Tomorrow Canadians will be going to the polls to vote in their 42nd federal election. At more than two months in length it is the longest in Canadian history.
Whilst the long campaign was supposed to be to the benefit of the better organised and funded Conservatives, it now appears that the Liberals under Justin Trudeau have been the real beneficiaries as they have over the past month been steadily gaining in the polls and enter tomorrow ahead by roughly 5%. An impressive performance considering the party was so badly trashed at the last election and going into this campaign were consistently polling in third place behind the NDP and Conservatives.
However going by the polls this is how things stand going into polling day tomorrow (worth pointing out 3 million people have already voted in Canada due to advance voting).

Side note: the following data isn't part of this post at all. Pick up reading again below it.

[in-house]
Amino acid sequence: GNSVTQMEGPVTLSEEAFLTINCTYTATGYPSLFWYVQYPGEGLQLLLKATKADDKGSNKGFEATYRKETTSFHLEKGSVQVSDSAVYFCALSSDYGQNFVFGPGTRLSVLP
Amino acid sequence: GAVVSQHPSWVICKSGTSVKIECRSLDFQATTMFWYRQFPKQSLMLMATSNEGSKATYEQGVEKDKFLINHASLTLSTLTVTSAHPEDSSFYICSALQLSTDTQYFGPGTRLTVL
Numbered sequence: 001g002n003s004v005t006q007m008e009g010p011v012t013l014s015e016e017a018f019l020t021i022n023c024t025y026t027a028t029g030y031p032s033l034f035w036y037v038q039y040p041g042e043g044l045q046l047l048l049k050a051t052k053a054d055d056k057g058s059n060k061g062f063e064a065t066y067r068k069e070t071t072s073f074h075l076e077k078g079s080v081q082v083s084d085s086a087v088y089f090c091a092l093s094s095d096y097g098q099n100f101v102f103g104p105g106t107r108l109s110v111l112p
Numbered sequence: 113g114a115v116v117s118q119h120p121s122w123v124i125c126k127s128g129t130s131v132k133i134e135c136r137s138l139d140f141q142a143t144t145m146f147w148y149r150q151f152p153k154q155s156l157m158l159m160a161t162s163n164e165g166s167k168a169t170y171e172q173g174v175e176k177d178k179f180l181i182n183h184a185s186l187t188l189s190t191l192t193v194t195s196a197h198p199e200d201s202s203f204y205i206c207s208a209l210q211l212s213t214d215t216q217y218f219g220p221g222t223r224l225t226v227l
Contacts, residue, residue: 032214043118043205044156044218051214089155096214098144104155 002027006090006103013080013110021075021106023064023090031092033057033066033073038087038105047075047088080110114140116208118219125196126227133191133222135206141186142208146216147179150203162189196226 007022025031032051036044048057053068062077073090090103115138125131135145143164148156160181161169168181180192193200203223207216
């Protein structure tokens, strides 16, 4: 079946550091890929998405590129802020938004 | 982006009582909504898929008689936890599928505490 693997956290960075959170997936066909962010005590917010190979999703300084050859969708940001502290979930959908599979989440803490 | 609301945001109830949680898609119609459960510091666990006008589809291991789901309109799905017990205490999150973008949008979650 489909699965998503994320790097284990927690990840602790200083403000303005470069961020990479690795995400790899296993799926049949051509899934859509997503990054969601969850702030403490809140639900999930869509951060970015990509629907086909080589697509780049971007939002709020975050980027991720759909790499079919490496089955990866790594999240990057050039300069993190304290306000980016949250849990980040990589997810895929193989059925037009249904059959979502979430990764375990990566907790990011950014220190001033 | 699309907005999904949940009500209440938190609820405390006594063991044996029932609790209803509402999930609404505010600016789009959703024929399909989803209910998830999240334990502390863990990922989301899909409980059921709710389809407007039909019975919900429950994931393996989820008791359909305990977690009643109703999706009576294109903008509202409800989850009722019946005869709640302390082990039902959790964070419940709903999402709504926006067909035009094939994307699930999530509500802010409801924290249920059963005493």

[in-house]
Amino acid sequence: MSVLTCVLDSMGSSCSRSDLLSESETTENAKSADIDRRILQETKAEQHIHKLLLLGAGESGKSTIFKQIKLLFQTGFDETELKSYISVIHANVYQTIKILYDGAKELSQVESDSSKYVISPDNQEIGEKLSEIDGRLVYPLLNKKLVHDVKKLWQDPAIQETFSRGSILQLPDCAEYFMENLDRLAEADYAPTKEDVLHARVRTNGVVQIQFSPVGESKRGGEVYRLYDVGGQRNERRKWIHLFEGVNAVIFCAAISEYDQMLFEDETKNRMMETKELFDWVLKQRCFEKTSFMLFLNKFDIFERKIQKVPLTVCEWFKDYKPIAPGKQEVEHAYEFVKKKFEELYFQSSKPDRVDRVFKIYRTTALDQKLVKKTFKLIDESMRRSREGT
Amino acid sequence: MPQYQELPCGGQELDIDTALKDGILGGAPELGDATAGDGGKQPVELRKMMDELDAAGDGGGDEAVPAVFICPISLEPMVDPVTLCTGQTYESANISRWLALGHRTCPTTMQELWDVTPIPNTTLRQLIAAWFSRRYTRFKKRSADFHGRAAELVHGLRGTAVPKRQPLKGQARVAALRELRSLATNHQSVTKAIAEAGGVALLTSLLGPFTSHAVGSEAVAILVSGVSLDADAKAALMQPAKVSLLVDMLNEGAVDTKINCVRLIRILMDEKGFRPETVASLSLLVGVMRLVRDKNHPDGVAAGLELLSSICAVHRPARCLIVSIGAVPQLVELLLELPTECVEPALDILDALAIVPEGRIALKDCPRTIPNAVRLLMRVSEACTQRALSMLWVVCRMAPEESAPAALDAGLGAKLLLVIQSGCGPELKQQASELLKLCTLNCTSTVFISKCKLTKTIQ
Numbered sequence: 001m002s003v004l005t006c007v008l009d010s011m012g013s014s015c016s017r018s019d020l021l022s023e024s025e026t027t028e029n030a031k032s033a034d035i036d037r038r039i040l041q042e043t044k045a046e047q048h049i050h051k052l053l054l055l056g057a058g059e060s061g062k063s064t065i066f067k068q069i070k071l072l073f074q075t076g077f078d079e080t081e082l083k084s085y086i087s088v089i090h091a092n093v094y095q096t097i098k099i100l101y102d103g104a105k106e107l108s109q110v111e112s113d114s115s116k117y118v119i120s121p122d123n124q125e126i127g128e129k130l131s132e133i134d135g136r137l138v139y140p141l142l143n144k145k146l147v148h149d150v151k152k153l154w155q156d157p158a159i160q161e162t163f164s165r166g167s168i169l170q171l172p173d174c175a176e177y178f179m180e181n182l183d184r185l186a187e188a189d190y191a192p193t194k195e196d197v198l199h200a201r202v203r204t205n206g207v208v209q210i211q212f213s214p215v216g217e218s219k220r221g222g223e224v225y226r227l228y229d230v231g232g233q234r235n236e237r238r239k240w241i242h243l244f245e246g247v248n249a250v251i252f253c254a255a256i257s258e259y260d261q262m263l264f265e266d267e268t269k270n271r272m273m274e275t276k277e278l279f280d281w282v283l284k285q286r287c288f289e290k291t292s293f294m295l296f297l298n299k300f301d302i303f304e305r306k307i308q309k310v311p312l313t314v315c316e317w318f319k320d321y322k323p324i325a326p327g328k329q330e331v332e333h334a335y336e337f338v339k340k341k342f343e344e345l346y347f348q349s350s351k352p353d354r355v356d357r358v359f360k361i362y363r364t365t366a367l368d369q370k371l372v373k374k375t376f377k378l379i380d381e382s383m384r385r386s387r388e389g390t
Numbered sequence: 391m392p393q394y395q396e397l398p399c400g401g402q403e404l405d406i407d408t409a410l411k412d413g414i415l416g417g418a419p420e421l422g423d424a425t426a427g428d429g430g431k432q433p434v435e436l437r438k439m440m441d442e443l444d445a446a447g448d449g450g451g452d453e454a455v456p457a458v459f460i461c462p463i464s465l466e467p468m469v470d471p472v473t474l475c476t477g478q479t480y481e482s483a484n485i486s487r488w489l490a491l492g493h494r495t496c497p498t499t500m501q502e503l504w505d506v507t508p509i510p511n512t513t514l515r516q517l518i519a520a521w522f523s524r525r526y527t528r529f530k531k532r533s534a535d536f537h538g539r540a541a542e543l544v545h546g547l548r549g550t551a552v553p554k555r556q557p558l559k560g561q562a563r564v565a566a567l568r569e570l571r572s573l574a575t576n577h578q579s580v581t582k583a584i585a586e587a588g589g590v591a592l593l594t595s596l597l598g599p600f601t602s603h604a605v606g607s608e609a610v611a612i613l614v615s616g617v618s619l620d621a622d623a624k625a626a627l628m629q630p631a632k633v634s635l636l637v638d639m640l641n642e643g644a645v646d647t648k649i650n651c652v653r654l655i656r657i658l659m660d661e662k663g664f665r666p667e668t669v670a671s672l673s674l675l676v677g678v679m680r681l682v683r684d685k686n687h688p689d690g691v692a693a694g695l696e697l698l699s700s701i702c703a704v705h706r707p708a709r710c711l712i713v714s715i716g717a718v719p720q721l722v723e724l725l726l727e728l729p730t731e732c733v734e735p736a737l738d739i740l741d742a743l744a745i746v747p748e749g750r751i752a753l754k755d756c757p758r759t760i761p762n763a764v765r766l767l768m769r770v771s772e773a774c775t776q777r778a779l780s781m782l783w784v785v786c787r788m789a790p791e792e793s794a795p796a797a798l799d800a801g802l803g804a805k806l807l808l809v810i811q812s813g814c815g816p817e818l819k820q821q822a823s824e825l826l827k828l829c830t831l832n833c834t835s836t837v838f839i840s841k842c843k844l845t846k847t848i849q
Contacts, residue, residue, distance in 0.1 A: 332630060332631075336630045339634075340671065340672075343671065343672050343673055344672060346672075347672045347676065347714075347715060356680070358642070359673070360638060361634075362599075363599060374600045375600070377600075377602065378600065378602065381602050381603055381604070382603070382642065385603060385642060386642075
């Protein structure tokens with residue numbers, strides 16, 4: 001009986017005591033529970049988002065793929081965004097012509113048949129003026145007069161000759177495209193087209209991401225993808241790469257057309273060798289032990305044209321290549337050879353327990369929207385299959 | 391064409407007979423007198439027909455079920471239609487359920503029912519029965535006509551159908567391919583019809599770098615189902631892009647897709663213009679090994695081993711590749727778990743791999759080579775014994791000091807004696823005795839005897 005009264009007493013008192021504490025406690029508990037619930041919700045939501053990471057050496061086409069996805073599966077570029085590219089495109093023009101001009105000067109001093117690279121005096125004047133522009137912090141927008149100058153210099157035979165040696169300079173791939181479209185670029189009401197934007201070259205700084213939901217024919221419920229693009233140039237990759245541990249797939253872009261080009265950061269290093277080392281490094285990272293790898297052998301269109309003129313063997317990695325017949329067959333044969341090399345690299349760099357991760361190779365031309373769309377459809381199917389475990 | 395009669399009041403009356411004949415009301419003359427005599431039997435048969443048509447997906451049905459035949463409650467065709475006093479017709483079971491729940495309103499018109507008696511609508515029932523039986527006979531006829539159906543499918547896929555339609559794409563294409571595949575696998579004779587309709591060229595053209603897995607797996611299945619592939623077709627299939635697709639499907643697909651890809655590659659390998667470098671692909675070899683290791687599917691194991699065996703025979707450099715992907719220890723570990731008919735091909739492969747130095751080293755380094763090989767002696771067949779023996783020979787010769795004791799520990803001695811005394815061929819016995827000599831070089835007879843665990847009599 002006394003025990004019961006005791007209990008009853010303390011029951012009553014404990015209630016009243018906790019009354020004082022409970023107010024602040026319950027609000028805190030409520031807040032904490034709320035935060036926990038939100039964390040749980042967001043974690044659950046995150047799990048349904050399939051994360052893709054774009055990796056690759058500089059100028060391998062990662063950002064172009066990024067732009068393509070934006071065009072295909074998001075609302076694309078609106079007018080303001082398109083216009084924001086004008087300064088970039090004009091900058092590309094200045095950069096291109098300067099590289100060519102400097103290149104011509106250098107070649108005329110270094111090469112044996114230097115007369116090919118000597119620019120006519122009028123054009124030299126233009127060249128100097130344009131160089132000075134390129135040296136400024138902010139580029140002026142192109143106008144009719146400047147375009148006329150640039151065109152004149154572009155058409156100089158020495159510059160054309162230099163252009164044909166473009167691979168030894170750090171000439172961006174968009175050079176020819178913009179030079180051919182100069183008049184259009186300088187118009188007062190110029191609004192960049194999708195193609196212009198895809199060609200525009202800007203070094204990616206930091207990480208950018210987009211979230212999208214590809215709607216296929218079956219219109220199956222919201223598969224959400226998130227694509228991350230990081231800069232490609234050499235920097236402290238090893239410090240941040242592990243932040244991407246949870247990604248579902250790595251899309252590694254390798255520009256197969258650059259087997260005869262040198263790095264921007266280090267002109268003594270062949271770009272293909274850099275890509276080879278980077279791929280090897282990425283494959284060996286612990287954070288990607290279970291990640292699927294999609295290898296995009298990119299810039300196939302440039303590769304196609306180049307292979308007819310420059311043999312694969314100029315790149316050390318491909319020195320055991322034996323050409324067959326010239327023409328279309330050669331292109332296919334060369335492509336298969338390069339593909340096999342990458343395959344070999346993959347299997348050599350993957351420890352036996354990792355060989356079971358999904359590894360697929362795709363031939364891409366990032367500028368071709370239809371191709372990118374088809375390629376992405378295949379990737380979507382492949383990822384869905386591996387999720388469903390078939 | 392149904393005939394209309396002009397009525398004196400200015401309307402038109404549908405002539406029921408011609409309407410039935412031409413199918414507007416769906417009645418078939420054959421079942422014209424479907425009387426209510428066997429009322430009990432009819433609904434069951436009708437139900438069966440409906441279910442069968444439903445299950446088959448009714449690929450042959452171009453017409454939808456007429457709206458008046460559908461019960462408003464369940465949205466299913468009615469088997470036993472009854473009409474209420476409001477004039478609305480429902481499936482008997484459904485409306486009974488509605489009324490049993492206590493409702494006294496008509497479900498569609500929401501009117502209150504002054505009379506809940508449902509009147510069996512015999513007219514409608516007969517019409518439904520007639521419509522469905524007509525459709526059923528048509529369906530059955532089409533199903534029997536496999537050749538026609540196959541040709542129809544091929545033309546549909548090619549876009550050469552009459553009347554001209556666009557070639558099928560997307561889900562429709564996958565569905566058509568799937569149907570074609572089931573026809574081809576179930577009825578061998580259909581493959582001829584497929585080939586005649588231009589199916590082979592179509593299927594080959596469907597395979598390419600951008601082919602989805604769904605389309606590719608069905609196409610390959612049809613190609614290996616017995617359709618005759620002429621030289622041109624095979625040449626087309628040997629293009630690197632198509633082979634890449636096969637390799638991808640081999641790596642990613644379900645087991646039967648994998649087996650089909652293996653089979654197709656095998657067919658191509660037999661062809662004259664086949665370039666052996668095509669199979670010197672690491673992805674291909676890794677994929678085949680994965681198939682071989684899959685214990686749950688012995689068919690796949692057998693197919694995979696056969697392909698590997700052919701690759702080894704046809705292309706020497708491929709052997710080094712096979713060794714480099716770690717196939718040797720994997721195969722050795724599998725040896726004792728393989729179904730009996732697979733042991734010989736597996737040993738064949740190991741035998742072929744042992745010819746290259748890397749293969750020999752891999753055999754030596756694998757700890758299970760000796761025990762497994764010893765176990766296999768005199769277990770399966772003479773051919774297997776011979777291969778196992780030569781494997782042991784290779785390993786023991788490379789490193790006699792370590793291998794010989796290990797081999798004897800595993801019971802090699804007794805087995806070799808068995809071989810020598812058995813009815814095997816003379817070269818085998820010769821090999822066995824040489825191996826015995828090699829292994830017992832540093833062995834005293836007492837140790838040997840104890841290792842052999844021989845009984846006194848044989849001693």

How would this work out in terms of seats? (In 2004, polls projecting seats got it badly wrong).
In Canada the party that typically has the most seats forms a government. There has been speculation about a Liberal/NDP coalition but the most likely outcome is that the largest party will form a minority government.
Harper has made his career from defying pundits, he has taken the Conservative movement in Canada from the fringes and make it the party of government. Ironically it was his hatred of Pierre Trudeau that drove him towards his political thinking and it looks (if polls are accurate) that his son could be the person who defeats him.
Interesting that on the cusp of the 20th anniversary of the 1995 Quebec Referendum that the Bloc Qubecois will still suffer a huge loss as it looks set to gain back very little ground that it lost to the NDP in the Orange Wave of 2011.
To learn more about Harper you should watch this view with one of his biographers John Ibbitson.
Polls will close at 8pm in the Atlantic provinces, then Quebec and Ontario will follow, then the West will come in with British Columbia the last to close its polls. A winner should be known by about 11pm EST.
David McCann holds a PhD in North-South relations from University of Ulster. You can follow him on twitter @dmcbfs